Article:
Microscope history: Science or Art??

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From:"Tim Morken" <timcdc@hotmail.com>
Date:Wed, 14 Apr 1999 12:59:03 EDT


I only want to point out that microscopy started much earlier. Robert 

Hooke made a compound microscope in 1595. Antony van Leeuwenhoek made 

his discoveries starting around 1668. Van Leeuwenhoek actually coined 

the term "cells" in describing the microscopic appearance of cork. 

Interestingly, van Leeuwenhoek's single-lens microscopes were about 

ten times better in magnifiying power than the compound microscopes of 

the day allowing him to see micro-organisms for the first time.  His 
lenses were of such excellent quality that it has been 

only with great difficulty that reproductions of his lenses have been 

reproduced in modern times. These early microscopes were far from 
being toys.

Incidently, van Leeuwenhoek hired an artist to draw the 'animacules' 
he saw under his microscope as he was no good at drawing so the 
reports he sent to the Royal Society were a blend of science and art.

For more information see:


Tim Morken, B.A., EMT(MSA), HTL(ASCP)  
Infectious Disease Pathology 
Centers for Disease Control 
1600 Clifton Rd. 
Atlanta, GA 30333 
email: tim9@cdc.gov 
FAX:  (404)639-3043

----Original Message Follows----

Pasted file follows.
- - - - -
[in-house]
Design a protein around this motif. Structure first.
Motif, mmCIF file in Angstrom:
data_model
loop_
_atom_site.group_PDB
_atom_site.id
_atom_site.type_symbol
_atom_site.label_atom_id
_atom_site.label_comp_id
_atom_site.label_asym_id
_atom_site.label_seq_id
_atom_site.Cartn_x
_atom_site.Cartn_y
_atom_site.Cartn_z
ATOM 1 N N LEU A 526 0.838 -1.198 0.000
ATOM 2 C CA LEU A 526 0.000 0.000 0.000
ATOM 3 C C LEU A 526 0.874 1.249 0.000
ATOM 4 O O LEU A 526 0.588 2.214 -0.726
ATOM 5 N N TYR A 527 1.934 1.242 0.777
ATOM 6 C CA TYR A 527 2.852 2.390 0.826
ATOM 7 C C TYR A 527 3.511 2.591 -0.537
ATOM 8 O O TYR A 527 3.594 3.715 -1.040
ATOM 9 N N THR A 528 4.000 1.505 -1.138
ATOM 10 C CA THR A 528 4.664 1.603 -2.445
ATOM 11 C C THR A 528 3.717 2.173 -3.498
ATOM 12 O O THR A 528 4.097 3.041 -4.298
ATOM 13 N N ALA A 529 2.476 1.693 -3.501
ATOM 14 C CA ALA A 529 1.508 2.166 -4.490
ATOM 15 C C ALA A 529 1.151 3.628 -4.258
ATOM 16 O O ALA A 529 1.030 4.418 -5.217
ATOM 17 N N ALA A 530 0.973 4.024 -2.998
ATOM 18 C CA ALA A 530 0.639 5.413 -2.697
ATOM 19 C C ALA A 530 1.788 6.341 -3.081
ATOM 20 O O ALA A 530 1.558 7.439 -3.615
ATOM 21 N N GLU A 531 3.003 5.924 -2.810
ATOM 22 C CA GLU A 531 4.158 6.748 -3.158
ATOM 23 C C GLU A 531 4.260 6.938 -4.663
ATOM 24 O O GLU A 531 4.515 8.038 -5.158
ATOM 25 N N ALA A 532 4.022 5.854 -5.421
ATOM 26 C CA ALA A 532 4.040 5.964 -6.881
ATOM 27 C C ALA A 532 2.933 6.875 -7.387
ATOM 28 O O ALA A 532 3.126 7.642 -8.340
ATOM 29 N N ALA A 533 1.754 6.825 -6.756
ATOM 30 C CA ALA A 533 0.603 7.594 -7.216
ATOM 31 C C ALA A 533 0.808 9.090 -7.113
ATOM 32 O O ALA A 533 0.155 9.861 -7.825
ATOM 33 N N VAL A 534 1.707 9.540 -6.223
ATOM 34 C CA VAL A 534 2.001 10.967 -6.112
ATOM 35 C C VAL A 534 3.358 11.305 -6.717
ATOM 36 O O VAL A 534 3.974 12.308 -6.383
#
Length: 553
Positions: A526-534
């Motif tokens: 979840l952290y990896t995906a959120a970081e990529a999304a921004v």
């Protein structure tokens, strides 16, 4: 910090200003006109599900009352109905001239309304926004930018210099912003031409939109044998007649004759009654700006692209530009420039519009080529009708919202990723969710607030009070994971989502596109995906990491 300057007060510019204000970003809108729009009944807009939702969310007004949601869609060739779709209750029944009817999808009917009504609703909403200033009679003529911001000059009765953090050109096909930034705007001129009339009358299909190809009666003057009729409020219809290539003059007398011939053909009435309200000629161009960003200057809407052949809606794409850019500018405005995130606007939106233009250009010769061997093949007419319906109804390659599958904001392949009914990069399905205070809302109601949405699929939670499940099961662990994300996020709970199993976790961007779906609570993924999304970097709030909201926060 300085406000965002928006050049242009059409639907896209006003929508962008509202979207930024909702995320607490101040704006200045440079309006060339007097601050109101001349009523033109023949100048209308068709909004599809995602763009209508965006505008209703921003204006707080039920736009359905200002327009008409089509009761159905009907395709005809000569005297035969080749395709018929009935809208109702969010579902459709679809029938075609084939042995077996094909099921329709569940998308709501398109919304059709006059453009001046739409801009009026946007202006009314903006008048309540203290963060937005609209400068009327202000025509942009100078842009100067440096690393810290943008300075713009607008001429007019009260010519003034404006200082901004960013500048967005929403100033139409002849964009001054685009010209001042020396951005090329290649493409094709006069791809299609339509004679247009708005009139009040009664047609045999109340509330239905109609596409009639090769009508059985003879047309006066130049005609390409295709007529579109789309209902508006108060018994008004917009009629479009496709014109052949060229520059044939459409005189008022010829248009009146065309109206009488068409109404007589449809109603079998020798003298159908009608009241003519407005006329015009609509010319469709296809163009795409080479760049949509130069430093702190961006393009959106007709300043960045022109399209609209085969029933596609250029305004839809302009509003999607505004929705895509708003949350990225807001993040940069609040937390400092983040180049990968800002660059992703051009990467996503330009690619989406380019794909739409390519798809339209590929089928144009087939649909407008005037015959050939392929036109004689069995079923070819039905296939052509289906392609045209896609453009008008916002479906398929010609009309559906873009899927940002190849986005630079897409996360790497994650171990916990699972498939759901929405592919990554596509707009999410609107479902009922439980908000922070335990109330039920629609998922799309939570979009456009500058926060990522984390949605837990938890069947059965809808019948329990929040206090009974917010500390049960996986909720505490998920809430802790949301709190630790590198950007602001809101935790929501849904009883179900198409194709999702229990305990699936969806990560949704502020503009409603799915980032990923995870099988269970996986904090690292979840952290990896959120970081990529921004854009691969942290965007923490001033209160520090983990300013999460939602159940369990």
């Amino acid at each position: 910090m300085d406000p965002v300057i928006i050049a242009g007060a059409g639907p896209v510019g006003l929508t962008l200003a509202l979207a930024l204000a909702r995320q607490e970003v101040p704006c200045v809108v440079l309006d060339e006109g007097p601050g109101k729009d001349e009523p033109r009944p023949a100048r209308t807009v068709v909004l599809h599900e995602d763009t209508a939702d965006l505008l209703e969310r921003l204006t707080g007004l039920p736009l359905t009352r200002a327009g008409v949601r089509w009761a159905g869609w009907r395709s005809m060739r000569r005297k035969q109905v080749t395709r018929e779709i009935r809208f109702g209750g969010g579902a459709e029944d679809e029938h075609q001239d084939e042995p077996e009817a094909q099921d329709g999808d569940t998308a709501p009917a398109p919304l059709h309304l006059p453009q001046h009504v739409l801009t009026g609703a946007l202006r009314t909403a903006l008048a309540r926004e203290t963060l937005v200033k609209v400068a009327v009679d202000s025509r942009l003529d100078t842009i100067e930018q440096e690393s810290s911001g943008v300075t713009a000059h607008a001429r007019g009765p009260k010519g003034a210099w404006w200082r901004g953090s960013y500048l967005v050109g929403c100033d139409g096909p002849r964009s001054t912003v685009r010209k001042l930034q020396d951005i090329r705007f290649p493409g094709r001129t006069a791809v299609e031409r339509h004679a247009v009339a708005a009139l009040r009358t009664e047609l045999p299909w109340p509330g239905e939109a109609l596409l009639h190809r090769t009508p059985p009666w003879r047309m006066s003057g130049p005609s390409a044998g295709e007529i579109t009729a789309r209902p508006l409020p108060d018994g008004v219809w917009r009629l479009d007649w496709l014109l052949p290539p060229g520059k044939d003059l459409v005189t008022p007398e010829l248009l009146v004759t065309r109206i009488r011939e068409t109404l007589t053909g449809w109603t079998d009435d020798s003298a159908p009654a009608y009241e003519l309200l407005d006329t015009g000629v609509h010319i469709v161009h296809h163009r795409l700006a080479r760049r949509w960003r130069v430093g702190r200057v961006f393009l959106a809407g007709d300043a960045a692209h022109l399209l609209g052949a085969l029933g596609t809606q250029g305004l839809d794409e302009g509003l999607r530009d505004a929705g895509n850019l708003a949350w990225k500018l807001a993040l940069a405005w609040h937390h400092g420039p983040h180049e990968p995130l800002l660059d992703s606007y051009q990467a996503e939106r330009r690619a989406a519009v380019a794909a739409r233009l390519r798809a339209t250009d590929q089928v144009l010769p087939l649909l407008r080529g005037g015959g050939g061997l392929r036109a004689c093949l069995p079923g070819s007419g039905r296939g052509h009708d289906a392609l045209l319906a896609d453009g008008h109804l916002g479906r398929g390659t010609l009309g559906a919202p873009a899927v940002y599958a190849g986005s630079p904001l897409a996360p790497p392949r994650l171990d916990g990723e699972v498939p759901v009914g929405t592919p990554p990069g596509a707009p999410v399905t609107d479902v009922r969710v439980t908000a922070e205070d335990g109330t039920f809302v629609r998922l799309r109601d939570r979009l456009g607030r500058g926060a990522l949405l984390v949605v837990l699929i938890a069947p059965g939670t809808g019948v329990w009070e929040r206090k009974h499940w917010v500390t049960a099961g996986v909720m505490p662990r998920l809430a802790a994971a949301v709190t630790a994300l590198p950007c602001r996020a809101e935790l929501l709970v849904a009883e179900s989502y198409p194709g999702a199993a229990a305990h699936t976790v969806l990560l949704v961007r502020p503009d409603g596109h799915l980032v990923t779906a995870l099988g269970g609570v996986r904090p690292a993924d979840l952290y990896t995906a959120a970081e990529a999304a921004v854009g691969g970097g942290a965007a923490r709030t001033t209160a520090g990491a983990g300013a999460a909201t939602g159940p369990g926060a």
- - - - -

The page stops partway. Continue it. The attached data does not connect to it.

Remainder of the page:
From: Paul Millikin <millikin@mtco.com>
To: histonet@Pathology.swmed.edu
Subject: Histology: Science or Art??
Date: Tue, 13 Apr 1999 17:25:16 -0700

Paul Millikin
Peoria, IL
Histology was born as a science, and is just barely past its 160th
birthday. Before that time, Science had only the most rudimentary 
knowledge about the structure of living matter.  Then in 1838, a 
botanist, Jakob Matthias Schleiden, proposed that all plant tissue was
composed of cells. 

The following year, a German physiologist and anatomist, Theodor 
of Scwhann cell fame, proposed that all animal tissues were also 
of cells. 

That Cell Theory of Life was a major "breakthrough" at the time, 
a scientific furore at least as exciting as the discovery of 
penicillin in
modern times.   

However, there were no tools ready-made fo studying these new 
Microscopes were of poor quality and widely regarded as toys, so 
optics had to be invented, and some high caliber science went into the

Similarly, every single tool used by each of us every day had to be 
by SOMEBODY, and some of the finest minds in all of science were 
attracted to
that area.  For example, the first microtome was a straight razor, and 
earliest stain was carmine, which stained nuclei red and everything 
else pink. 
Nothing was known of how to fix tissue hard enough to permit cutting 
sections, and all the embedding media had to be discovered.  
Endless manhours went into finding stains better than carmine. 

Names like Zenker, Heidenhain, Abbe, Helly, Harris, Delafield, and 
more comprised scientists that served in the Histology Delivery Room. 
list has since grown to include dozens, perhaps hundreds of the finest 
in all of science. 

However, all of us who work in histology everyday recognize the art 
On difficult days, some have even called it a black art. 

Clearly both science and art integral parts of the process, and are 
interchangeable.  When a brand new procedure is called for, Science 
rises to
the fore.  When a "drop dead gorgeous" slide is called for, Art takes 

Paul Millikiin
Peoria, IL, USA#026#

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